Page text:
Hei mokimoki, hei piripiri, kei ngā manu tukutuku, kei ngā tauwhiro o te whakaaro nui,
Huri, huri noa, tēnā koutou katoa! I greet our social workers who do such amazing work and to the many voices in our sector, welcome to our November newsletter.
As the year draws to a close, it provides a good opportunity to pause for a moment and reflect on what has been an extraordinarily challenging 12 months, and what has been achieved even through the lockdowns and uncertainty we have all faced.
We know that social workers have had to work harder than ever over the last year as the families, whānau, and communities you work with were put under stress or had tough situations which became even more difficult. Your mahi is appreciated by those you work alongside, and we would like to acknowledge the resilience and resourcefulness you have shown during 2020.
At the SWRB, we’ve been working to make it easier for social workers to deal with us, although the level of demand has meant sometimes we haven’t been able to answer as many phone calls and emails as quickly as we’d like. We’re hoping we made progress on this by adding more registration officers and implementing a new database to replace our paper-based system. There has also been work on:
- creating electronic registration processes during lockdown
- streamlining of the Experience pathway: S13
- developing a Scope of Practice with the sector
- increasing the frequency of Board decisions on registrations so we go faster
- engaging with the sector led by senior SWRB social workers and wider staff
- an information campaign about changes to the legislation and getting registered
- 80+ Digital Zoom Q&A sessions to answer queries of social workers, students and employers
- launch of Facebook for immediate access to updates
There is still a lot of work to do as we prepare for February 27, 2021 and the implementation of mandatory registration for all social workers. We also know the challenges will continue for you as we enter the busy Christmas and summer holiday period as they often bring extra stresses for those you are working with, and there is no easing of the pressure so ngā mihi for all your mahi.
Sarah Clark, Chief Executive
Digital Q&A zoom sessions
We’ve got an amazing team who are passionate about getting social workers registered and between them they’ve hosted more than 80 digital zoom Q&A sessions this year!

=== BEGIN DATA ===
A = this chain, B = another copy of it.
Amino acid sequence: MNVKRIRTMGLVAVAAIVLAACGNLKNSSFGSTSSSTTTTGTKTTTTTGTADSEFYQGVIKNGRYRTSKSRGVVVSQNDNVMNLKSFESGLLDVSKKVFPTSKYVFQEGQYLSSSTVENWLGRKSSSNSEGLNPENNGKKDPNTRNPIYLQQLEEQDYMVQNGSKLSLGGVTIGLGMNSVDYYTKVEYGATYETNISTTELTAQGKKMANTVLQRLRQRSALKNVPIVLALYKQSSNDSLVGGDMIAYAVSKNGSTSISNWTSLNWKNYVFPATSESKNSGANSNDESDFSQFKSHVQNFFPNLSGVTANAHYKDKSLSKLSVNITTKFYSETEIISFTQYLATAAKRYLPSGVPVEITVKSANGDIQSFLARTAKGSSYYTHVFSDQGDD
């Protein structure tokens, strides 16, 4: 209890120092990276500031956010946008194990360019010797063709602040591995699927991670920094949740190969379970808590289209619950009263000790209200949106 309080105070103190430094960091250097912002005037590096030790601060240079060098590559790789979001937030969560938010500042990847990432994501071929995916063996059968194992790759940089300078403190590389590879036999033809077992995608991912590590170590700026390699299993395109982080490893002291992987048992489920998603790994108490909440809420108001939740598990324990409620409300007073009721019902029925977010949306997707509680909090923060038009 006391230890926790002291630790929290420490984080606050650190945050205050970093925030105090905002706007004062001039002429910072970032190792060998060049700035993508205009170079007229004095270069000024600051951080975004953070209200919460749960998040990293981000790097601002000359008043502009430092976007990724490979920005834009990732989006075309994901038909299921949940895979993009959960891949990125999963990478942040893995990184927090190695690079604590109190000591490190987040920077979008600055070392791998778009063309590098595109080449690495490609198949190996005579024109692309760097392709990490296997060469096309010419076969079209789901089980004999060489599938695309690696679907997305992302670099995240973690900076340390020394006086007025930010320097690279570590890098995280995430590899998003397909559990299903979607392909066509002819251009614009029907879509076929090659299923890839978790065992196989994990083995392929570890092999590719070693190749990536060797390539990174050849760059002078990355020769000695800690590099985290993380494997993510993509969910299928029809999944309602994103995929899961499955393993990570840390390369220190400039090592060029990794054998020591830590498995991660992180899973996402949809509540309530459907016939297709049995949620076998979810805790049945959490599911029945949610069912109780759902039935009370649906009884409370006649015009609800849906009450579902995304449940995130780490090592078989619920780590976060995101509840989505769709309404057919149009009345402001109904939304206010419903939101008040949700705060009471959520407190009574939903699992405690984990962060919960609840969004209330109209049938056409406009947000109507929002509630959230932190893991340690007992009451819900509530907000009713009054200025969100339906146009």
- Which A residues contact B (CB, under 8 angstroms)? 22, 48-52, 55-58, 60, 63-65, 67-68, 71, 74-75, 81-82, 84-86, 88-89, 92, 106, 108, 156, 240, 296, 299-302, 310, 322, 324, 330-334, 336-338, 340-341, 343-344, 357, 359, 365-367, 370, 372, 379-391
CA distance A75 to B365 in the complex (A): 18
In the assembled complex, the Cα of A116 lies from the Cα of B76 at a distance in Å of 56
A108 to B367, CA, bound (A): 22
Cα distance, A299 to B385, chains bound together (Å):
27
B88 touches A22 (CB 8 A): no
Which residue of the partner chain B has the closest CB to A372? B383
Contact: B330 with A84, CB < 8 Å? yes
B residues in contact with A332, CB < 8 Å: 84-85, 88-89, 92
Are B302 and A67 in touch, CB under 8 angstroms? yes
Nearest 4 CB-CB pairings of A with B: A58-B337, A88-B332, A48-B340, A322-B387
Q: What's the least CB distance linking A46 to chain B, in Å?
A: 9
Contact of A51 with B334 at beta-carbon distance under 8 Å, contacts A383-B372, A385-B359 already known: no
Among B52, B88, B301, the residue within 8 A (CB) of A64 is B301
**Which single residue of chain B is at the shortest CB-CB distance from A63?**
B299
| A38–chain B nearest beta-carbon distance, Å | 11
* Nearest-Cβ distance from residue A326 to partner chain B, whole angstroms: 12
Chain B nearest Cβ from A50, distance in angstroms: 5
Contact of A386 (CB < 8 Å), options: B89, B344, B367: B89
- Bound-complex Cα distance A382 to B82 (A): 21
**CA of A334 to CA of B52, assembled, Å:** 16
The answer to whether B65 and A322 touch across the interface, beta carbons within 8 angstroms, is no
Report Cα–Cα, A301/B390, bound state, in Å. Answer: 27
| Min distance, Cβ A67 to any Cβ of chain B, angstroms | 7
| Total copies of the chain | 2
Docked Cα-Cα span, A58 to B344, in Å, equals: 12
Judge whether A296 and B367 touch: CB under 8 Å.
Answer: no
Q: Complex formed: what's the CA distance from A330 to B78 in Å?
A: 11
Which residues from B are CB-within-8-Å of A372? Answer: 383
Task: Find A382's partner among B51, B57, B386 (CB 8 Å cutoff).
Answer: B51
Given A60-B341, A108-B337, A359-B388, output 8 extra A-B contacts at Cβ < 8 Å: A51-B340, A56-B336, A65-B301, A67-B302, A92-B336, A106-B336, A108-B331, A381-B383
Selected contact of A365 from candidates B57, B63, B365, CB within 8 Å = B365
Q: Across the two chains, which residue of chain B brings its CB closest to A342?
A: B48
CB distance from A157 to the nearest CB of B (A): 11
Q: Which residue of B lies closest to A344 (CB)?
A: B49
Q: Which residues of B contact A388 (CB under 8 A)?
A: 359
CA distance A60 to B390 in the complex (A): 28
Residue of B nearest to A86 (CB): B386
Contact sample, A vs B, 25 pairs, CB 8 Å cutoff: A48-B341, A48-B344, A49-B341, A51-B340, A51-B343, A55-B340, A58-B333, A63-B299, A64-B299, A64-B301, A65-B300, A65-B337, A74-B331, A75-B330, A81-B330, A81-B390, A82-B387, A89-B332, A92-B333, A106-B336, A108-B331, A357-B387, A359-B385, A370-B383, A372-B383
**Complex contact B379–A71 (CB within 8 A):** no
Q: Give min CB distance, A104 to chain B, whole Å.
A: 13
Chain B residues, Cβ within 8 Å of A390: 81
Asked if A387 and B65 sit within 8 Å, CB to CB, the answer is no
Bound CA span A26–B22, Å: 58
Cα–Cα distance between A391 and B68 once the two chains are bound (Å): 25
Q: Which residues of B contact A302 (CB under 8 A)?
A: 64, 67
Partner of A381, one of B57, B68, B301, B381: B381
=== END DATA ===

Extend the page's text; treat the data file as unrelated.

You can join Andrew and Patsy to ask about the Experience pathway: S13 every couple of weeks, with details of sessions on our Facebook page. Kendra and Bobbie have also been hosting sessions every Thursday from 1pm which you can join at this link – https://bit.ly/3nMZK6T. If you know of a social worker or employer who might be interested in asking some questions, please pass this information on to them.
Mandatory registration: Costs and Support
The shift to mandatory registration is getting closer with all social workers needing to be registered by February 27th, 2021. It’s a great step forward and one that’s long been sought by the profession.
We know, however, there are some social workers facing hurdles in being able to become registered, either because of the cost or because they need assistance with the process. In recognition of this, the Ministry of Social Development and Oranga Tamariki may be able to offer some assistance to the organisations they hold contracts with:
Costs: If your organisation would like to be able to pay for the registration of your social worker/s, but is unable to do so, they may be able to help you meet the costs. If your social worker is paying for their registration and finding it is difficult; through you, they may be able to receive this assistance as well.
Support: If your social worker/s are finding the process to apply for registration difficult, particularly if they are experienced social workers (10-15 year’s experience of social work in NZ) and they are applying through the experience pathway: S13, they may be able to be supported through this process, either via a buddy system or through one on one support.
To find out more, please contact your Oranga Tamariki advisor or relationship manager.
Continuing Professional Development CPD
You can now upload your Continuing Professional Development Log to our new database MySWRB.
You can find MySWRB on the top right-hand corner of the SWRB website, swrb.govt.nz. To be able to log your CPD, click on MySWRB, create an account and set up your profile. You can then use the online log to record and store your CPD.
We plan to hold our annual CPD audit in March 2021. Last year’s audit provided a valuable snapshot of CPD across the motu and our four assessors commented: